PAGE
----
A 22 yr. old primigravida was admitted to our hospital on 03/01/2019 at 36 weeks of gestation having breathlessness and pedal oedema for last one month which was gradually increasing in intensity. She was a known case of hypothyroidism on Eltroxin. Clinical examination revealed she was mildly pale, oedema present over feet and abdominal wall, pulse 110/ minute, respiratory rate 34/minute, BP 160/110 mm of hg. She was found to be having twin gestation both babies in breech presentation. Her lung fields were clear, CVS examination clinically revealed no abnormality. Other systems were within normal limits. Relevant investigation revealed her Hb% - 9.4 gm%, urine albumin present one +. LFT, RFT, platelet count were within normal range. Ultrasonography confirmed twin gestation. Both the babies were presenting as breech with USG evidence of IUGR. Other relevant investigation were within normal limits. She was diagnosed as a case of Twin pregnancy at 36 weeks POG, both in breech presentation with IUGR and associated HDP and hypothyroidism. However so far her clinical and investigation results could not explain her marked dyspnoea at rest. Hence X-ray chest was done which revealed cardiomegaly. Cardiology opinion was taken. Echocardiography (Figure 1,Figure 2) was performed which showed global LV hypokinesia with severe LV systolic dysfunction, ejection fraction of 35%, moderate to mild mitral regurgitation and mild tricuspid regurgitation and was diagnosed as a case of peripartum cardiomyopathy. Patient was managed conservatively with injection furosemide, nebulization and tablet ivabradine 5mg BD besides labatelol 200 mg BD for HDP, thyroxin 50 micro gm OD and other supporting drugs. She went into spontaneous onset of labour on 11/1/2019. Taken up for caesarean due breech presentation. Babies weighing 1.8 kg and 1.4 kg delivered by breech. Postoperatively patient was shifted to gynae ICU and kept under close monitoring. She had an uneventful postoperative recovery. Her general condition improved. On postoperative day 10, her pulse was 84/minute, respiratory rate 18/minute, BP 120/80 mmHg, chest was clear. Cardiology evaluation showed marked improvement in her cardiac status. She was discharged on 10th postoperative day. Advised follow-up in cardiology OPD. She was also explained about chance of recurrence in next pregnancy and to remain vigilant and report to this hospital early if she conceives.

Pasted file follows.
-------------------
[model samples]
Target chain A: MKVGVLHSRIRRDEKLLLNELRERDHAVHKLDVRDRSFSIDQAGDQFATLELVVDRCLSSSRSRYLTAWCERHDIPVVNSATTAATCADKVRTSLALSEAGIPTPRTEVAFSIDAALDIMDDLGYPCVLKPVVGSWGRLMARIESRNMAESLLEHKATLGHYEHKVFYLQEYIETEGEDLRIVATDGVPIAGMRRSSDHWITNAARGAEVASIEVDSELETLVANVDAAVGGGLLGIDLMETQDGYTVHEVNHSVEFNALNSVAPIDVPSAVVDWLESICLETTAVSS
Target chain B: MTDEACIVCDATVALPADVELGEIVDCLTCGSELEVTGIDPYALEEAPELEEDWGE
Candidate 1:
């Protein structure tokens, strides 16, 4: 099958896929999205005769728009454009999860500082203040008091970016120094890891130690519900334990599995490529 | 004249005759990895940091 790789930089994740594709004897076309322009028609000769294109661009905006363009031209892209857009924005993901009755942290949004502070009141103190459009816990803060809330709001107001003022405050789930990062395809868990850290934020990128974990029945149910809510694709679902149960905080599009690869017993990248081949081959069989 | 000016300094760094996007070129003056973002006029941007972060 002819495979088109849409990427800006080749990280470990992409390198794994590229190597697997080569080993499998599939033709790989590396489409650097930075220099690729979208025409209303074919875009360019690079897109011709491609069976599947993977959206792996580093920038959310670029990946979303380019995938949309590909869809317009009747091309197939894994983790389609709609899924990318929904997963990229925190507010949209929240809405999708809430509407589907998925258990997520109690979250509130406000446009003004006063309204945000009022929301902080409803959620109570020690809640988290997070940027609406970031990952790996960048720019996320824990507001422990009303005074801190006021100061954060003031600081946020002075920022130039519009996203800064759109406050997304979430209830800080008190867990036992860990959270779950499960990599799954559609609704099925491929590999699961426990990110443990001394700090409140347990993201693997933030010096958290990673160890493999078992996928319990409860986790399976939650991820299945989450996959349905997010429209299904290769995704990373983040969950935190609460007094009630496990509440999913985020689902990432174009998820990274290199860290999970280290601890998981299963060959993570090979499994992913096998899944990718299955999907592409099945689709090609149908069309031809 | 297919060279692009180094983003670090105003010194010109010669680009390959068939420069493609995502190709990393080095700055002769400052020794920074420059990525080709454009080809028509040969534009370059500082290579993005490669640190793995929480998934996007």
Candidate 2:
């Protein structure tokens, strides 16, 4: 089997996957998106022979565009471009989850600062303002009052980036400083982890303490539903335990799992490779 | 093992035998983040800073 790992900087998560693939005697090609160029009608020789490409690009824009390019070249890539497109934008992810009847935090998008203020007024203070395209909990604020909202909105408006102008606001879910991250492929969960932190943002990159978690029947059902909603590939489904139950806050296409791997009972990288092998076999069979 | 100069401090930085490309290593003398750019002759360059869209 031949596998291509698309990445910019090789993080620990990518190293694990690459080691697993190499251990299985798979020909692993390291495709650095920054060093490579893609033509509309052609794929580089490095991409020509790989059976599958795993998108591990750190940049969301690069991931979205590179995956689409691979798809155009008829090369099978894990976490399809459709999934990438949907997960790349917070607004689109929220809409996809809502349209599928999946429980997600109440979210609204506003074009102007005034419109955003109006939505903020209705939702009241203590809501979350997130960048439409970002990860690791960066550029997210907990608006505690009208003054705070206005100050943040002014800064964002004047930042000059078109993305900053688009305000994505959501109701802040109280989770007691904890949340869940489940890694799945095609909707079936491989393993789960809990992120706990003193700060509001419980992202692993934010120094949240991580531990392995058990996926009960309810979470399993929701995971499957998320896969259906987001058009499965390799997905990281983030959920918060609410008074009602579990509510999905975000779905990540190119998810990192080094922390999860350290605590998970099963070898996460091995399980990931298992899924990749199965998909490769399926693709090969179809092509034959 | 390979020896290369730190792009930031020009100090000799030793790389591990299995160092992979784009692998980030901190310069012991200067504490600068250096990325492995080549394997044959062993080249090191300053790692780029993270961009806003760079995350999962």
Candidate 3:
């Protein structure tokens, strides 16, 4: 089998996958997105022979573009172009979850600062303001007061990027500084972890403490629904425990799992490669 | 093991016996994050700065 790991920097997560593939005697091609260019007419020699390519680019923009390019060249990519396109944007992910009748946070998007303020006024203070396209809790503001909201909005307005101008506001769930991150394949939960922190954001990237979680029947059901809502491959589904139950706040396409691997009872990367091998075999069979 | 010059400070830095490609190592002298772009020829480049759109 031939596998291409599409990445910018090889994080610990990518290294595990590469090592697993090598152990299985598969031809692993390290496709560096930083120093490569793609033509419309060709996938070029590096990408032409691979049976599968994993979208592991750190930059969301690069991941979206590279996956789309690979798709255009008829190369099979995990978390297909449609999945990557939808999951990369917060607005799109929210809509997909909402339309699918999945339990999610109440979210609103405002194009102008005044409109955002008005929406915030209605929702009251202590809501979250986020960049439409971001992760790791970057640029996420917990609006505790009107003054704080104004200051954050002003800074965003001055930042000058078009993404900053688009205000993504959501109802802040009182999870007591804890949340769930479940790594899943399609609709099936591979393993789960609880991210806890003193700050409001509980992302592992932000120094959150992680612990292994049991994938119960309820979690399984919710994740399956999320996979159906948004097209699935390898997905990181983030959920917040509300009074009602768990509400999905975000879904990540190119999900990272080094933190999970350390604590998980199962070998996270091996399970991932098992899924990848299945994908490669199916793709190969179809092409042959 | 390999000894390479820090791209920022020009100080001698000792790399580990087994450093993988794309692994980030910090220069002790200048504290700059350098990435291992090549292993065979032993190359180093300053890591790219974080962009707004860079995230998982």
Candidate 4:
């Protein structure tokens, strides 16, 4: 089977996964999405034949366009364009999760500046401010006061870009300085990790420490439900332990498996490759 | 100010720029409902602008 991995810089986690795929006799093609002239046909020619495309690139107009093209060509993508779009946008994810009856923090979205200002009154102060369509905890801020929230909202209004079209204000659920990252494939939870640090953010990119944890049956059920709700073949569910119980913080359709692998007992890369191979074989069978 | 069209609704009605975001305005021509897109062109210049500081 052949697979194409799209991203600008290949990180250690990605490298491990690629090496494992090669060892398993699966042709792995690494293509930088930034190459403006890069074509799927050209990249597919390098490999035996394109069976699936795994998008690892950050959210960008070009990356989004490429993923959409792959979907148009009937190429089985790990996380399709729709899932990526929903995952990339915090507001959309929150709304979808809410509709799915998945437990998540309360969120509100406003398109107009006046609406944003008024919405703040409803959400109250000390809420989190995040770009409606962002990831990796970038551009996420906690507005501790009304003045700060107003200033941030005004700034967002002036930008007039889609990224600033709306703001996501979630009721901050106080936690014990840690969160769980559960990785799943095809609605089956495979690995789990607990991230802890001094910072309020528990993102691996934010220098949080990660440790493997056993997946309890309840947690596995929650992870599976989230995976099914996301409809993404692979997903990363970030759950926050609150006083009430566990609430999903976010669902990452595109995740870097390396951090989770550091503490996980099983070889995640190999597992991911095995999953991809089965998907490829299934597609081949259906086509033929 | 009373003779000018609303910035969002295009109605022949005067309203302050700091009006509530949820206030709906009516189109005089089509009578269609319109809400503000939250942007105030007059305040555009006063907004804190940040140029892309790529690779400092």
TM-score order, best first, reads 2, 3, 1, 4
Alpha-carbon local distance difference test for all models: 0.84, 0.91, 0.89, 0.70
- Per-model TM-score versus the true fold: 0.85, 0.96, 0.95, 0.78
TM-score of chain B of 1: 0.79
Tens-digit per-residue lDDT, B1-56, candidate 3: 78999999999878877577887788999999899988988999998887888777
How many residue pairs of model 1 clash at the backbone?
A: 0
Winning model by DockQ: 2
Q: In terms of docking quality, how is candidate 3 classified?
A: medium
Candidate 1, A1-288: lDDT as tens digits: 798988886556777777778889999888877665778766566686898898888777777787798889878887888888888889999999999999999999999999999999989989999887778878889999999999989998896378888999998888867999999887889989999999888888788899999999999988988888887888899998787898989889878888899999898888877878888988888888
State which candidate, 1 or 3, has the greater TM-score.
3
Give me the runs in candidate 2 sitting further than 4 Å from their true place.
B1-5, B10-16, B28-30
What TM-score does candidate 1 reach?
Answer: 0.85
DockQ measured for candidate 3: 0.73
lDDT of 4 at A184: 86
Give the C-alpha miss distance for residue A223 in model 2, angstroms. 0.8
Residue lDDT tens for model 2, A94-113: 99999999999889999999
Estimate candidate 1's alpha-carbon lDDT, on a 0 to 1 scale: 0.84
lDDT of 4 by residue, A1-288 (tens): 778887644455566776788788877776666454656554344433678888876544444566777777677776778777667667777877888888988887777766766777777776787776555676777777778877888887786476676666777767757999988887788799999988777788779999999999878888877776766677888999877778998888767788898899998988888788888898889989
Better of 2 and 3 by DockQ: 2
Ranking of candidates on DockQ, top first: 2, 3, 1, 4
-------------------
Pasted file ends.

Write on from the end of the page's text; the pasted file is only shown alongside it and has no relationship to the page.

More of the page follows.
Figure 1